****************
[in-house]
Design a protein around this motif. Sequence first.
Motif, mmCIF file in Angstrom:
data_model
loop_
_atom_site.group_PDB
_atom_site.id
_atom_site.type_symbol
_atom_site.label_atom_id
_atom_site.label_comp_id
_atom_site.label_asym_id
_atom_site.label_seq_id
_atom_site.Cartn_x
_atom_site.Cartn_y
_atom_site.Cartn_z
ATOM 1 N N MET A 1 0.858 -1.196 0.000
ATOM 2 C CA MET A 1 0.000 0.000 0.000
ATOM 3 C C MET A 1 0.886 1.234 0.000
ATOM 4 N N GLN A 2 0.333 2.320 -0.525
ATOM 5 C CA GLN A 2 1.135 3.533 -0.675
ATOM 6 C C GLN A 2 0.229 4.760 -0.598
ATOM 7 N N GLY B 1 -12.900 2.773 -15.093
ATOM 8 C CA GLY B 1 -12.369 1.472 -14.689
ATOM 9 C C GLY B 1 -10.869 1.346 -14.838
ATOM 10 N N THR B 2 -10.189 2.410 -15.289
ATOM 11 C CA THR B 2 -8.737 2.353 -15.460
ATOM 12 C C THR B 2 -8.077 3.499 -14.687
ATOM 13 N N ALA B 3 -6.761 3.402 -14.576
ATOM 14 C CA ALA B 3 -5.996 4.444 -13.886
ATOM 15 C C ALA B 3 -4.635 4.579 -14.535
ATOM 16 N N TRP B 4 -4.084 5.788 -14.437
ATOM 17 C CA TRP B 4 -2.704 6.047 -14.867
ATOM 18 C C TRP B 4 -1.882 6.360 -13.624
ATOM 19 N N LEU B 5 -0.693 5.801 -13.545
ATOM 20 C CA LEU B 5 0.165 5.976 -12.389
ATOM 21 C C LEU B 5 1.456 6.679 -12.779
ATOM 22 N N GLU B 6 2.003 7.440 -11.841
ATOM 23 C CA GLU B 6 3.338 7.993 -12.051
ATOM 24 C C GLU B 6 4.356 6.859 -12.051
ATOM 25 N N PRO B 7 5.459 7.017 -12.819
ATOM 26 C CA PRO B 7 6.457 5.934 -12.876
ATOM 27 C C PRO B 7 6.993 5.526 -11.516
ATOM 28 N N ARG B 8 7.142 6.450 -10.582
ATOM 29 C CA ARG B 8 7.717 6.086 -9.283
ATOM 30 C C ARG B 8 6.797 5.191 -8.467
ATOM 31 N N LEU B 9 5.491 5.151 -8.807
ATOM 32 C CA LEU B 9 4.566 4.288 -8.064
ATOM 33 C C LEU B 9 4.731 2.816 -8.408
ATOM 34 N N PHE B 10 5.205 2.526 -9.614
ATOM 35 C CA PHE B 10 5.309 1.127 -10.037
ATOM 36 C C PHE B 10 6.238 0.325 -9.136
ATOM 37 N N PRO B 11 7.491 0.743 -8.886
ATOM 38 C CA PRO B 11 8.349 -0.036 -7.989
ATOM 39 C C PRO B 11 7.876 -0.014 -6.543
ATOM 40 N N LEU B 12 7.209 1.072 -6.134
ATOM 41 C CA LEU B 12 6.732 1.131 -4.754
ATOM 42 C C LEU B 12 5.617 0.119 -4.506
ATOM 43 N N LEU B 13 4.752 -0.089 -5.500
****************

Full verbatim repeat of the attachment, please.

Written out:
[in-house]
Design a protein around this motif. Sequence first.
Motif, mmCIF file in Angstrom:
data_model
loop_
_atom_site.group_PDB
_atom_site.id
_atom_site.type_symbol
_atom_site.label_atom_id
_atom_site.label_comp_id
_atom_site.label_asym_id
_atom_site.label_seq_id
_atom_site.Cartn_x
_atom_site.Cartn_y
_atom_site.Cartn_z
ATOM 1 N N MET A 1 0.858 -1.196 0.000
ATOM 2 C CA MET A 1 0.000 0.000 0.000
ATOM 3 C C MET A 1 0.886 1.234 0.000
ATOM 4 N N GLN A 2 0.333 2.320 -0.525
ATOM 5 C CA GLN A 2 1.135 3.533 -0.675
ATOM 6 C C GLN A 2 0.229 4.760 -0.598
ATOM 7 N N GLY B 1 -12.900 2.773 -15.093
ATOM 8 C CA GLY B 1 -12.369 1.472 -14.689
ATOM 9 C C GLY B 1 -10.869 1.346 -14.838
ATOM 10 N N THR B 2 -10.189 2.410 -15.289
ATOM 11 C CA THR B 2 -8.737 2.353 -15.460
ATOM 12 C C THR B 2 -8.077 3.499 -14.687
ATOM 13 N N ALA B 3 -6.761 3.402 -14.576
ATOM 14 C CA ALA B 3 -5.996 4.444 -13.886
ATOM 15 C C ALA B 3 -4.635 4.579 -14.535
ATOM 16 N N TRP B 4 -4.084 5.788 -14.437
ATOM 17 C CA TRP B 4 -2.704 6.047 -14.867
ATOM 18 C C TRP B 4 -1.882 6.360 -13.624
ATOM 19 N N LEU B 5 -0.693 5.801 -13.545
ATOM 20 C CA LEU B 5 0.165 5.976 -12.389
ATOM 21 C C LEU B 5 1.456 6.679 -12.779
ATOM 22 N N GLU B 6 2.003 7.440 -11.841
ATOM 23 C CA GLU B 6 3.338 7.993 -12.051
ATOM 24 C C GLU B 6 4.356 6.859 -12.051
ATOM 25 N N PRO B 7 5.459 7.017 -12.819
ATOM 26 C CA PRO B 7 6.457 5.934 -12.876
ATOM 27 C C PRO B 7 6.993 5.526 -11.516
ATOM 28 N N ARG B 8 7.142 6.450 -10.582
ATOM 29 C CA ARG B 8 7.717 6.086 -9.283
ATOM 30 C C ARG B 8 6.797 5.191 -8.467
ATOM 31 N N LEU B 9 5.491 5.151 -8.807
ATOM 32 C CA LEU B 9 4.566 4.288 -8.064
ATOM 33 C C LEU B 9 4.731 2.816 -8.408
ATOM 34 N N PHE B 10 5.205 2.526 -9.614
ATOM 35 C CA PHE B 10 5.309 1.127 -10.037
ATOM 36 C C PHE B 10 6.238 0.325 -9.136
ATOM 37 N N PRO B 11 7.491 0.743 -8.886
ATOM 38 C CA PRO B 11 8.349 -0.036 -7.989
ATOM 39 C C PRO B 11 7.876 -0.014 -6.543
ATOM 40 N N LEU B 12 7.209 1.072 -6.134
ATOM 41 C CA LEU B 12 6.732 1.131 -4.754
ATOM 42 C C LEU B 12 5.617 0.119 -4.506
ATOM 43 N N LEU B 13 4.752 -0.089 -5.500